The coalition government mounted its relief operations with Prime Minister Shahbaz Sharif offering to work with the opposition during a national emergency and extending an olive branch to Imran Khan. But the PTI-led provincial administrations in KP and Punjab made little effort to reach the center. Instead, the KP chief minister falsely claimed that the federal government had not helped and said that no contact had taken place between his provincial government and the center since the floods. Punjab’s Chief Minister asked Imran Khan for help, not Islamabad. Instead, Pervaiz Elahi appeared concerned about a dispute with IG police over the appointment of district police officers. A high-level meeting last week chaired by Prime Minister Sharif and attended by heads of departments took stock of the situation and drew up comprehensive relief and rehabilitation plans. He was boycotted by PTI Chief Minister in KP and Pervaiz Elahi of Punjab, although both were invited along with other CMs.
The chief secretaries of these two provinces were present but Khan ordered their political leaders to stay away. Several PML-N leaders attacked this conduct and renewed their partisan attacks against the PTI on other points. Several coalition government leaders continued to attack the PTI, further heightening tensions. Meanwhile, Khan made it clear that the funds he was raising would only go to Punjab and KP, with his telethon getting record pledges from overseas Pakistanis. This divided response from political leaders presented an unedifying spectacle at a time of national emergency. The silver lining in this bleak landscape has been the commendable response from the public and local communities. Generous support is characteristic of people with a long history of philanthropy. NGOs and private charities have all taken up the challenge and sent volunteers on the ground to areas they could access. Media coverage highlighted areas where assistance was urgently needed.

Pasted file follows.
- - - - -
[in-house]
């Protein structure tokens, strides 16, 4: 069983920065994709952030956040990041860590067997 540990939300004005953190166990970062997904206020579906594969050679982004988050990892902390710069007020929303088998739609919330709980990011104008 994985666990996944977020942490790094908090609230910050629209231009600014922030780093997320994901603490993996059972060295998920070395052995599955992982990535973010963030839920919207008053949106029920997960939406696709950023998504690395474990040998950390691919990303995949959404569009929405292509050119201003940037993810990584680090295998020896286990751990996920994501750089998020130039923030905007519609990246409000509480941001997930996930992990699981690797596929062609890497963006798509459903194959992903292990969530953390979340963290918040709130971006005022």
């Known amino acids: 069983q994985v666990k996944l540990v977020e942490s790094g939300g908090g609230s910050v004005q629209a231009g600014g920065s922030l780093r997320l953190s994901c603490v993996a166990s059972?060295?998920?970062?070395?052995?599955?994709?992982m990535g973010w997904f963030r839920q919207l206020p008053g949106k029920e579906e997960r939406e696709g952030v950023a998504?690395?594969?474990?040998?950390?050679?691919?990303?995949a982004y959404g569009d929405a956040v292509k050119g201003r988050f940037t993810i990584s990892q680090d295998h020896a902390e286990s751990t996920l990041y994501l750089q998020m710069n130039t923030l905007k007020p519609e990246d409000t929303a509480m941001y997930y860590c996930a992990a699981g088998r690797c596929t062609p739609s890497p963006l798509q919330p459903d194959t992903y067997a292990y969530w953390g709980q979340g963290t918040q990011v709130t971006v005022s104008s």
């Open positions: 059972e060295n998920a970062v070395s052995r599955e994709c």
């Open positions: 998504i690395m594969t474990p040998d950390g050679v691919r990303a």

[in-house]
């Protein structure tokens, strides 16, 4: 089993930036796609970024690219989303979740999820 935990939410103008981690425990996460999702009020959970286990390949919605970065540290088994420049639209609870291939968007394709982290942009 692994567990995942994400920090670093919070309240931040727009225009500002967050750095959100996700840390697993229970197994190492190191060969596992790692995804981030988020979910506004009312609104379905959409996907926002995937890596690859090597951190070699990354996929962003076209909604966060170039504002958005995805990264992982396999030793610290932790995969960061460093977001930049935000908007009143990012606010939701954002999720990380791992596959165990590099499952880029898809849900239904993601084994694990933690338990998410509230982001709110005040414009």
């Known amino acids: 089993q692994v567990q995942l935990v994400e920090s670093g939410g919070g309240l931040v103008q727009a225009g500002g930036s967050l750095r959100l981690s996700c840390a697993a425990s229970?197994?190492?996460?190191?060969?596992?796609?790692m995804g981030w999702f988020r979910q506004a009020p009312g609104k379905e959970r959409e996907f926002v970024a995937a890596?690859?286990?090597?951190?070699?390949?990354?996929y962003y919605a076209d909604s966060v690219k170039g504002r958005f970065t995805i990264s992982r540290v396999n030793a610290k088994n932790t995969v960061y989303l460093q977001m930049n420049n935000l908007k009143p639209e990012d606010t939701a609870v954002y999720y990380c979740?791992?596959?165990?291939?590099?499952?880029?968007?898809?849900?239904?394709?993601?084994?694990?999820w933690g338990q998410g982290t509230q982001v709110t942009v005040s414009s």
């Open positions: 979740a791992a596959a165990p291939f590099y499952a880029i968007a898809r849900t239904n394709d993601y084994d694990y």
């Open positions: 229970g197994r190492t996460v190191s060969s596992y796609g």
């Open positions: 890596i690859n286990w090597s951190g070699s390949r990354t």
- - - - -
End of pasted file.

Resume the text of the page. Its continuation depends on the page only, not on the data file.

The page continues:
Civil society, business, media and citizens across the country organized efforts to help flood victims. Members of local communities who risked their lives to save others provided outstanding examples of courage and heroic action. So did the round-the-clock rescue and evacuation efforts by local officials – men and women – in several areas. The endurance of the afflicted also stood out as a testament to the dignity and resilience of the people. The exemplary role of the public must be accompanied by a demonstration of solidarity between political leaders and parties. But it continues to be missing. An important question raised by the calamity is whether the country’s political leaders can still demonstrate the unity and collective resolve needed in the months ahead to steer the ship of state through these stormy waters to safer shores. .
A version of this story appears in the print edition of the September 62022, number.